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Environmental planning, prediction and management of brine discharges from desalination plants

Funded by MEDRC (Middle East Desalination Research Center)


Final report and results


Numerous large scale desalination plants have been built and are being planned in arid zones and water-scarce areas, where other drinking water sources are close to depletion. For example, the available renewable water per person in the Middle East and North Africa (MENA) region is only 20% of the rest of the world (UNCSD, 1999).

  • In 2004, about 75% of total world installed capacity of desalination plants was situated in the MENA region (Goebel, 2005), where some states depend on desalinated water for more than 50% for their domestic use.

  • The immediate need to increase the production and supply of potable water is a key focus for governments across the region, generating massive investment and creating demand for global expertise plus the latest advanced systems and technologies. In the period up to 2015, the countries of the MENA region are expected to spend US$24 billion in desalination costs (www.middleeastelectricity.com).

Figure 1: Al Ghubrah desalination plant (biggest in Oman, capacity: 191,000 m³/d) with brine discharge directly

at the coast via an open channel into the Golf of Oman (Foto courtesy of Hamdi Al-Barwani)



The impacts of a desalination plant discharge on the marine environment depend on the physical and chemical properties of the desalination plant reject streams, and the susceptibility of coastal ecosystems to these discharges depending on their hydrographical and biological features. Therefore, a good knowledge of both the effluent properties and the receiving environments is required in order to evaluate the potential impacts of desalination plants on the marine environment.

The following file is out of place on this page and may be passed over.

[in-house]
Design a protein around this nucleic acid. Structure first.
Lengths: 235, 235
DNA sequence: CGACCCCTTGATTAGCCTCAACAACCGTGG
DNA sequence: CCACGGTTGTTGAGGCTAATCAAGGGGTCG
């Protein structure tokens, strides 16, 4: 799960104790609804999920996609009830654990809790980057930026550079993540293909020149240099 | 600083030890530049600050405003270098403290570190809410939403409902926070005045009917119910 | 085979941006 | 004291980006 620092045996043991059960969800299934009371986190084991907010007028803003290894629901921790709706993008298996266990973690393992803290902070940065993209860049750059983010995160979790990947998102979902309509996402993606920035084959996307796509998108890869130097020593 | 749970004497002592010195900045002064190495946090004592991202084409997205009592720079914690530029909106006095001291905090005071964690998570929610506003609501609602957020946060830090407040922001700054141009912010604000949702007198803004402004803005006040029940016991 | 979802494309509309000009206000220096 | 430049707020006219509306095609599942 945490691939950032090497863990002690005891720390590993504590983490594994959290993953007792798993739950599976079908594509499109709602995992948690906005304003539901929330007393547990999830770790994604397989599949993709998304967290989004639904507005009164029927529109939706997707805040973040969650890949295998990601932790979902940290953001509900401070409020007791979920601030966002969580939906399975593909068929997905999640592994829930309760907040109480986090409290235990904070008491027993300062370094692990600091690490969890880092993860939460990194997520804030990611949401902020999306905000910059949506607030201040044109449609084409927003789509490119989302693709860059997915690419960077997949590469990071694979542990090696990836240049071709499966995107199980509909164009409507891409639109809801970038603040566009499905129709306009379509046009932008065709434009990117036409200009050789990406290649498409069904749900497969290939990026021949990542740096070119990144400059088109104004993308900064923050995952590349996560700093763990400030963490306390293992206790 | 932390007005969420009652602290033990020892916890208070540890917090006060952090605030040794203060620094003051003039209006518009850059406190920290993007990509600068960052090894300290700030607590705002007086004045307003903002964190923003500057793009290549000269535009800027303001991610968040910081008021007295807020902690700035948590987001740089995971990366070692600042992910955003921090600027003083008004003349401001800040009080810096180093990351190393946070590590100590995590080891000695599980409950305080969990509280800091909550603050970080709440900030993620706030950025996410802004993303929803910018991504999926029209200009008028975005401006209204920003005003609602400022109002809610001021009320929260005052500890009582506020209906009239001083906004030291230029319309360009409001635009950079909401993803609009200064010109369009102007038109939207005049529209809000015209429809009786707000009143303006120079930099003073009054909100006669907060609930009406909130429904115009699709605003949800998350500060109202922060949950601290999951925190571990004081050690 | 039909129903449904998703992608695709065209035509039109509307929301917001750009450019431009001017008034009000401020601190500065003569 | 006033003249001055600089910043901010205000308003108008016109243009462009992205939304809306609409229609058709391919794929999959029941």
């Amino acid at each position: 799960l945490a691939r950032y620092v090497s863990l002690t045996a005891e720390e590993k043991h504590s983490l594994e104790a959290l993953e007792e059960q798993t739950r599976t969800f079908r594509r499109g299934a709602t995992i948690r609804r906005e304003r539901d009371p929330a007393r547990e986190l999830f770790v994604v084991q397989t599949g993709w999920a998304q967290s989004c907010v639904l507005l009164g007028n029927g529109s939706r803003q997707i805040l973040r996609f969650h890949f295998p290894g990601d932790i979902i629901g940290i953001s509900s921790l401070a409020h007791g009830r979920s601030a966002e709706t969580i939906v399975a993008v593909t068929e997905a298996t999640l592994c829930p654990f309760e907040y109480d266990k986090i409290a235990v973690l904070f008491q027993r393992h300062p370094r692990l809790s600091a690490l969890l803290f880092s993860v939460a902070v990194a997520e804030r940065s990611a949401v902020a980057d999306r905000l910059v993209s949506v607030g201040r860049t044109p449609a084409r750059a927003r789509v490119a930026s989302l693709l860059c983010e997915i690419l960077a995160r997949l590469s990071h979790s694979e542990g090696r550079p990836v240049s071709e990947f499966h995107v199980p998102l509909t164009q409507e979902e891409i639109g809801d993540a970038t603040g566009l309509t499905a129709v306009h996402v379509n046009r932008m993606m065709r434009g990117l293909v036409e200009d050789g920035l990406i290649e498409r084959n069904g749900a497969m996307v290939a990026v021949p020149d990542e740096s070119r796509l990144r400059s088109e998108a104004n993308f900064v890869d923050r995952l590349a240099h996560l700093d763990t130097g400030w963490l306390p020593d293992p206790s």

The brine flows are considerably large, generally up to 40 % (for membrane based technologies, like reverse osmosis, RO) and up to 90 % (for thermal technologies, like multi-stage-flash, MSF, including cooling water) of the intake flowrate. Thus either almost as large or even considerably larger flows than the required freshwater water flow. Salinity and temperature directly influence the density of the effluent. The various density differences between the brine and the receiving water represented by the buoyancy flux causes different flow characteristics of the discharge. The dense RO effluent flow has the tendency to fall as negatively buoyant plume and spread as a density current on the sea-floor (see figure 2 and 3). The effluent from thermal desalination plants is distinguished by a neutral to positive buoyant flux causing the plume to rise and to spread on the sea-surface (see figure 1 and 2).

Sea water desalination plants carry a number of waste products into the coastal environment (Lattemann and Höpner, 2003): concentrated salt brine that may also have an elevated temperature, often containing anti-foulings and anti-scalents, and other substances. Modern, large capacity plants require submerged discharges that ensure a high dilution in order to minimize harmful impacts on the marine environment. 

  • There is increased public concern and scientific awareness on the environmental impact of desalination plants (Genthner, 2005). Impacts become key issue for discharge permit (thus influence plant commissioning date and eventual modifications).